Whilst not threatened in numbers the long hanging ears are only found on Boer and Anglo Nubian Goats and are unusual for children to see on a day out. They are also a very docile breed, meaning they are friendly goats for children to meet.
Children will be able to identify the Boer Goat by their large size and white coat with red or brown markings on their head. They also have long pendulous ears. A mature Boer buck can weigh up to about 135 kg!
Goats are very good at climbing. They’ve been known to climb to the tops of trees, or even dams!
With over 1,000 breeding nannies, the English Goat is not classed as threatened by the Rare Breed Survival Trust.
The English Goat was domesticated to provide households with daily milk, as they could maintain high milk yields with low quantity and quality rations. The breed, however, became less common during the 19th Century as incomes grew.
Once upon a time, the English Goat could be seen in every household in every village. They are at Odds Farm Park for their historical significance.
There are a number of characteristics that Children can use to identify the English Goat. As a breed, they are quite small for a goat, measuring less than 70 cm in height with an incredibly large belly used to digest bulky food. Their thick outer coat is grey or brown in colour, their legs are dark in colour and they have a distinctive dark line along their back. Nanny goats usually have a beard.
The pupils in goat’s eyes are rectangular and this allows them to see very well in the dark!
With between 500-1,000 breeding nannies registered in the UK, the Golden Guernsey Goat is classed as a Minority Breed by the Rare Breed Survival Trust.
The exact origin of the Golden Guernsey is uncertain, though it is believed that they have French, Syrian and Maltese ancestry. They arrived in the UK in 1965 from Guernsey and the first reference to them on The Channel Islands is from an 1826 tourism guide book.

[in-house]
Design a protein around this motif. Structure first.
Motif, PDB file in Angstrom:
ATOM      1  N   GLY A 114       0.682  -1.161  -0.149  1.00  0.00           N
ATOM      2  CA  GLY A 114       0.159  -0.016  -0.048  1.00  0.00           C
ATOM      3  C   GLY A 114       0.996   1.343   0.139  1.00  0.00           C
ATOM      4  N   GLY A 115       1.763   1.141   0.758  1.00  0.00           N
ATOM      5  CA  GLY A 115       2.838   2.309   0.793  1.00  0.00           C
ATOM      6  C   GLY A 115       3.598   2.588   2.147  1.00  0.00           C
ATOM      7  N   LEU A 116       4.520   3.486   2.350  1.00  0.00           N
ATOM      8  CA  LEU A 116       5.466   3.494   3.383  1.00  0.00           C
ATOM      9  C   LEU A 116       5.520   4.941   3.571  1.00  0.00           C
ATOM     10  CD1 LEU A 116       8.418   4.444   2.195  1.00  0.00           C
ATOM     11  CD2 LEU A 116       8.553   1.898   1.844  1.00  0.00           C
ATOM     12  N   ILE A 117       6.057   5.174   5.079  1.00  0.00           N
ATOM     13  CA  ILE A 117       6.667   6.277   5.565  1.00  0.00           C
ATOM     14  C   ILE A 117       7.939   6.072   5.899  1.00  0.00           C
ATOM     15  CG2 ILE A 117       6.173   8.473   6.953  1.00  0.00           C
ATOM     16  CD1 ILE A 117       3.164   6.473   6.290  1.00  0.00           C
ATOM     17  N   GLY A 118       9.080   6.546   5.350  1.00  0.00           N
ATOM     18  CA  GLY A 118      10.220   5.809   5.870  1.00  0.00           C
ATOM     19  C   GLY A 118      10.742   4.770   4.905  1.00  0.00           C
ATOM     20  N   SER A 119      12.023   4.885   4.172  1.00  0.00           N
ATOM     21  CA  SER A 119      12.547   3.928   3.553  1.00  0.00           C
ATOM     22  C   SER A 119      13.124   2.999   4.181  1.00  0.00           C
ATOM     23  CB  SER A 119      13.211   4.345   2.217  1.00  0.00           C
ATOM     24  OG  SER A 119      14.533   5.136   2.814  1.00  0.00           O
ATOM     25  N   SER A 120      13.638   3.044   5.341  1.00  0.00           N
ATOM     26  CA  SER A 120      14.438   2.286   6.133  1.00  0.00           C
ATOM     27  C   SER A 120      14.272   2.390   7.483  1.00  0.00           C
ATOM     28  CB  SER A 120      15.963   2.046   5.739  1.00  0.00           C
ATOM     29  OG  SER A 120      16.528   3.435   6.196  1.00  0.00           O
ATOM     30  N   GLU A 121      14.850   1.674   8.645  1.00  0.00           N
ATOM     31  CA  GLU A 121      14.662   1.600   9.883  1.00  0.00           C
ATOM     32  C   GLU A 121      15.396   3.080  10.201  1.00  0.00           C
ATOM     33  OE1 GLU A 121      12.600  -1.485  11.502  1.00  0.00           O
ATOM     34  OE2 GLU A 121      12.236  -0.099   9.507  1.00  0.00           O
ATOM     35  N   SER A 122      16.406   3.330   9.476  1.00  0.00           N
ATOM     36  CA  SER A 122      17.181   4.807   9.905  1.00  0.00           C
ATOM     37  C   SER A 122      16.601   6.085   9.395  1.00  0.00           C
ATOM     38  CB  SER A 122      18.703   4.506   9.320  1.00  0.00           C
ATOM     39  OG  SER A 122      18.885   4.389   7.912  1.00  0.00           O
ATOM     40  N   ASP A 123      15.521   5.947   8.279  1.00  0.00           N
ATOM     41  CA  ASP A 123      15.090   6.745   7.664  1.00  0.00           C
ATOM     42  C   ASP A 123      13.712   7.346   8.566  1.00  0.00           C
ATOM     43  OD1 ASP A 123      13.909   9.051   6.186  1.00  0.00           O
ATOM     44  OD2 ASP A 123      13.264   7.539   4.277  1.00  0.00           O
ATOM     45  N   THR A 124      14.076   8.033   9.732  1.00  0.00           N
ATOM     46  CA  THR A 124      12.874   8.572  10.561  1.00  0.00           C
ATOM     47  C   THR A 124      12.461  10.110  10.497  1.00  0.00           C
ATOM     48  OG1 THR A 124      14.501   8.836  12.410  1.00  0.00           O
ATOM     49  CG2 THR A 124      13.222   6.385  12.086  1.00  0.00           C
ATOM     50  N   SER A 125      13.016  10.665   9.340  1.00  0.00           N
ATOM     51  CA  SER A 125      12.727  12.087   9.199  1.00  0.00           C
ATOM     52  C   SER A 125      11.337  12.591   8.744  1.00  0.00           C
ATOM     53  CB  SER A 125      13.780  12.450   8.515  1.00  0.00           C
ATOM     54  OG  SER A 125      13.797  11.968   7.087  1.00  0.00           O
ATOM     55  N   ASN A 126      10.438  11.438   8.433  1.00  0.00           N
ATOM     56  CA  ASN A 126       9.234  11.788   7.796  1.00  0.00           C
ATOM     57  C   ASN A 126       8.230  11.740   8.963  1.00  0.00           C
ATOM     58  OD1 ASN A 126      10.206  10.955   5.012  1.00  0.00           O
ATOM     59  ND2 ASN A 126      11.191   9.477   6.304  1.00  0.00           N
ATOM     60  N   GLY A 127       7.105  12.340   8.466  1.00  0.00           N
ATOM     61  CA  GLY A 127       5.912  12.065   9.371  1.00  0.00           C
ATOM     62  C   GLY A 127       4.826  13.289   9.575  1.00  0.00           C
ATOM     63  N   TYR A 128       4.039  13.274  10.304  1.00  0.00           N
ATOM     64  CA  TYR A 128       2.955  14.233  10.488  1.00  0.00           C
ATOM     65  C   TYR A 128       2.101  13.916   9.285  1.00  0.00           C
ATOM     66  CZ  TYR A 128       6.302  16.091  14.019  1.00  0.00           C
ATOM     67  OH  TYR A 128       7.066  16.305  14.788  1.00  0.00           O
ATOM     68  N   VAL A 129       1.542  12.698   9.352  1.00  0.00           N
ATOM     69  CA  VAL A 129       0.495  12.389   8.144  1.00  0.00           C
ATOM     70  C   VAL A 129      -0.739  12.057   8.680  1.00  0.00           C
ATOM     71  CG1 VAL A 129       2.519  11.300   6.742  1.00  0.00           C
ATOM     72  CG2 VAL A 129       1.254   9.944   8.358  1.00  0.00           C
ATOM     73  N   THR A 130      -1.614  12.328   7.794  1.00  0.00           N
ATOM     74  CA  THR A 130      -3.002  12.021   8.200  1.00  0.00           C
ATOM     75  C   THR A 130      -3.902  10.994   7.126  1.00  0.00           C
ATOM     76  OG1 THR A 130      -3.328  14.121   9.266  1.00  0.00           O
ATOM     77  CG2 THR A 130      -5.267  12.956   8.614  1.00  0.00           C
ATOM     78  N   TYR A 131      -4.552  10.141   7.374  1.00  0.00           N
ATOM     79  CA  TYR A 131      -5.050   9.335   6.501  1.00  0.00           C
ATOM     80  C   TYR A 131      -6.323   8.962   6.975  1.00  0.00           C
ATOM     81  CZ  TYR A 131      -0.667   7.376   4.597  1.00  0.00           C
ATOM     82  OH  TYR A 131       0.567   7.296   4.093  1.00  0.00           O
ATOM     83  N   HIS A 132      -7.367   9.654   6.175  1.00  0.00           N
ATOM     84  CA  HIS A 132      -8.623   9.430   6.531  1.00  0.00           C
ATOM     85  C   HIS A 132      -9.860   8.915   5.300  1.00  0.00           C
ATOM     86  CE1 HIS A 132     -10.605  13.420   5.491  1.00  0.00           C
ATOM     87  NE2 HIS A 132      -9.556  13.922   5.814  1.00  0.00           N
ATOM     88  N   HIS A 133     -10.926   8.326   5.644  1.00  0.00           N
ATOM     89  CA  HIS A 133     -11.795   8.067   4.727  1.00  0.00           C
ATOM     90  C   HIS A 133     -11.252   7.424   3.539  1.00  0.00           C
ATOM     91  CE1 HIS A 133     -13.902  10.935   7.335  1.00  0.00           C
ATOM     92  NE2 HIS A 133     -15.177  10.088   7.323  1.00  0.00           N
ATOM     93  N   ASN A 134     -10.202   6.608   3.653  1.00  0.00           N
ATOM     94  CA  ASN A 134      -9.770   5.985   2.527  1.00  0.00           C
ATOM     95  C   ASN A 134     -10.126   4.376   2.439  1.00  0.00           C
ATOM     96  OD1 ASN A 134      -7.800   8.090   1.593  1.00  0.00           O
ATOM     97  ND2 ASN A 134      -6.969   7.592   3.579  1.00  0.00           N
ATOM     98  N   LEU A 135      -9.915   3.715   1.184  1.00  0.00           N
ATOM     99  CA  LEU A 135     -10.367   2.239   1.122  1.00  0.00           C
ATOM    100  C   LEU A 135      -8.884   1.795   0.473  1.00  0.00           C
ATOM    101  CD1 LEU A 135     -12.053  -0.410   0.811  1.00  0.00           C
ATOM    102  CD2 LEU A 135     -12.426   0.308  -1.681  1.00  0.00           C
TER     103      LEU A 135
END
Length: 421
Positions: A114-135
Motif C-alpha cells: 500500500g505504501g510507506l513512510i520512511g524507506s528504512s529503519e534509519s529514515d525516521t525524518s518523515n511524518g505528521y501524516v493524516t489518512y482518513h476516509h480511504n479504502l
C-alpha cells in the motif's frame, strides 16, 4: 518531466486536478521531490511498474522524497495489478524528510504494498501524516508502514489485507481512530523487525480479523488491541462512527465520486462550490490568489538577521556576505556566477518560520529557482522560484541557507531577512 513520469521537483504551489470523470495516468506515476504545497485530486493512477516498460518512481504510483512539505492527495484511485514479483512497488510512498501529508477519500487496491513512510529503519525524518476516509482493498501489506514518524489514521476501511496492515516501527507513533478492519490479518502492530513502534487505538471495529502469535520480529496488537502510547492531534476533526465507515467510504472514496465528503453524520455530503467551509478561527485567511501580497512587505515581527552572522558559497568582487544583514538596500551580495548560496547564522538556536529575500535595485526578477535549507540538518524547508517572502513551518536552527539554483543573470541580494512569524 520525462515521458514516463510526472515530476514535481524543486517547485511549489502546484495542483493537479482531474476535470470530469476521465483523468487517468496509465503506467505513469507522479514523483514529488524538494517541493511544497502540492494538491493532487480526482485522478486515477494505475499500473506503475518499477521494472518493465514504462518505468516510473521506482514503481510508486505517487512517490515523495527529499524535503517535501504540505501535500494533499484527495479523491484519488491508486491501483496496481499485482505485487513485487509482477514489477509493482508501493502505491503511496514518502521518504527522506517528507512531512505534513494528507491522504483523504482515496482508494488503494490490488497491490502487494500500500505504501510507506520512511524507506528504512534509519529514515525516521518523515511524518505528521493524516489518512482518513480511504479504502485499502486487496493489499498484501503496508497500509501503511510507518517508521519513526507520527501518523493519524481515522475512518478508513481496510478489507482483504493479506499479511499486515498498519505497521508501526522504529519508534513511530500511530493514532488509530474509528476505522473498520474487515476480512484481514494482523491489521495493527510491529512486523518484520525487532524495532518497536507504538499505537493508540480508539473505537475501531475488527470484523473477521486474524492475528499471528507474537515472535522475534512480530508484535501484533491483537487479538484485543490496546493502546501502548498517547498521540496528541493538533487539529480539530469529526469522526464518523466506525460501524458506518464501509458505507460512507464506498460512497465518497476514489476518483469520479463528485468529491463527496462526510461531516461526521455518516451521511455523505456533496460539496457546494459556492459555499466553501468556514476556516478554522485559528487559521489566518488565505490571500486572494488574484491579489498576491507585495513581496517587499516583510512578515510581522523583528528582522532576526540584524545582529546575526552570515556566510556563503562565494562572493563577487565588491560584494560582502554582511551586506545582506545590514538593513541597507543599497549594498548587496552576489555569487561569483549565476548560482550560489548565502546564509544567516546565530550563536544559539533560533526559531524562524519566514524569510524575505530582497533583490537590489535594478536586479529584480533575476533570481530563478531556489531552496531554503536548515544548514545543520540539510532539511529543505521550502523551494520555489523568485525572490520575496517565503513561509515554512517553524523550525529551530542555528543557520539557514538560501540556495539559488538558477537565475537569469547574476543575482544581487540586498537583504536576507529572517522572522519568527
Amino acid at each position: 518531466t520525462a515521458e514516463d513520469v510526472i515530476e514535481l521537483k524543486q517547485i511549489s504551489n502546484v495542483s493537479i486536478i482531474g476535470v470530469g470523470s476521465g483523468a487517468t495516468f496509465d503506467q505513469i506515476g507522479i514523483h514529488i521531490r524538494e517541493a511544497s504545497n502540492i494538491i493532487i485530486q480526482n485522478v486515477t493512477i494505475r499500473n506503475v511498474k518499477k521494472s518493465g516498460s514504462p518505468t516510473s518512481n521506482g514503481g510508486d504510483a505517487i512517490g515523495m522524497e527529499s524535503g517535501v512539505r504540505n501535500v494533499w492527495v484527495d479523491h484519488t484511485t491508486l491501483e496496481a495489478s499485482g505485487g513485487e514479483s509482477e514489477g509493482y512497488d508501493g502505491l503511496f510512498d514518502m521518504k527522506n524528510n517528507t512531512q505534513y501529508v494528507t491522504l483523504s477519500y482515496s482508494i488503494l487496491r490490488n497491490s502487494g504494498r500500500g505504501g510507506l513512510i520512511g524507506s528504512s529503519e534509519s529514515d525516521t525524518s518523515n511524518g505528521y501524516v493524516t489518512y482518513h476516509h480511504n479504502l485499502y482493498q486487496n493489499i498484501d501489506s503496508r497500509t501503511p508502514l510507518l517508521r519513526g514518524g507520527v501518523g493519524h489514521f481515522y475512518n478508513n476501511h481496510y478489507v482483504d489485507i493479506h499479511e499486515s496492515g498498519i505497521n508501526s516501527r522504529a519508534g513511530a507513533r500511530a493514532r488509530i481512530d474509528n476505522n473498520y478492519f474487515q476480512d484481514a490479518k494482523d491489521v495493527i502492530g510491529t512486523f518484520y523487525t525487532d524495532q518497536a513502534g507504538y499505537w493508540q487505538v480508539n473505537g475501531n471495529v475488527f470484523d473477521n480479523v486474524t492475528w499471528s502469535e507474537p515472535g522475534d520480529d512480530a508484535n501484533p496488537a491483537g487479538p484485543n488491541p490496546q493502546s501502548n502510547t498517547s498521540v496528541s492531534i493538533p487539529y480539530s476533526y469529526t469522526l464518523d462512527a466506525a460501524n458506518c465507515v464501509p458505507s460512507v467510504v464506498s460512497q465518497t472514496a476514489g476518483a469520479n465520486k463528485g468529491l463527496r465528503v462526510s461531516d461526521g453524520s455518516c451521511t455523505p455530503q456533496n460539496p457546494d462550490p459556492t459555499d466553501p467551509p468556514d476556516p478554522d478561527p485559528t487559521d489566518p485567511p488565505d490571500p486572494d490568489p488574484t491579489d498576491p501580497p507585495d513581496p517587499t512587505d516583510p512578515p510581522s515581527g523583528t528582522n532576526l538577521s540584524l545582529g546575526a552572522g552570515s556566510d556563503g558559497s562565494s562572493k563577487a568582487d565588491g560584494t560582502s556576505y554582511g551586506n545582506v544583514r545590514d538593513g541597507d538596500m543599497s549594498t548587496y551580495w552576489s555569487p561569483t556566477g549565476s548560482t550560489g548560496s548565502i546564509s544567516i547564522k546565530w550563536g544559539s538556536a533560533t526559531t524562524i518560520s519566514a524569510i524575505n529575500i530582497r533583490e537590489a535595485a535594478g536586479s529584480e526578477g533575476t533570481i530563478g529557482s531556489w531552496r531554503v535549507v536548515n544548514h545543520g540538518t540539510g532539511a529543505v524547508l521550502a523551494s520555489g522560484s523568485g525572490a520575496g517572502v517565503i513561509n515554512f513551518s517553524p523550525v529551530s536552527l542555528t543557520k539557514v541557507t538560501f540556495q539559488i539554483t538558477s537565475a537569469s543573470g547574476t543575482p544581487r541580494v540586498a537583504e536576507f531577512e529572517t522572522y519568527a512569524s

All of the Golden Guernsey Goats at Odds Farm Park are in a breeding program. Golden Guernsey Goats are also very quiet, docile and friendly goats for children to meet on a day out.
As its name suggests, the goat is golden in color, with shades ranging from pale blond to deep bronze. They are smaller and more fine-boned than other British milking goats, and there is great variety in coat length. Being so friendly, children will love meeting them.
Goat’s milk is easily digestible and is higher in calcium and vitamin A and less allergenic than cow’s milk. Anything you can make with cow’s milk, you can also make with goat’s milk and, worldwide, more people drink milk from goats than any other animal!
With over 1,000 breeding nannies, the Pygmy Goat is not classed as a rare breed.
Pygmy Goats originated in the Cameroon Valley in West Africa and were imported during the 1950’s to European Zoos. With their cute appearance and friendly personalities, their popularity grew and they were quickly acquired by private breeders. In 1982 the UK’s Pygmy Goat Club was formed.
Pygmy Goats are the smallest type of Goat in the world. Combined with their friendly and fun personalities, they are especially cute for children to meet on a day out.
With adults measuring between 40 and 50 cm, their small size makes it easy for children to spot on a day out. Their coat can vary in colour and length and they can have horns.
Goats are very social creatures and were one of the first animals to be tamed by humans around 7000 B.C. Domestic goats can now be found worldwide.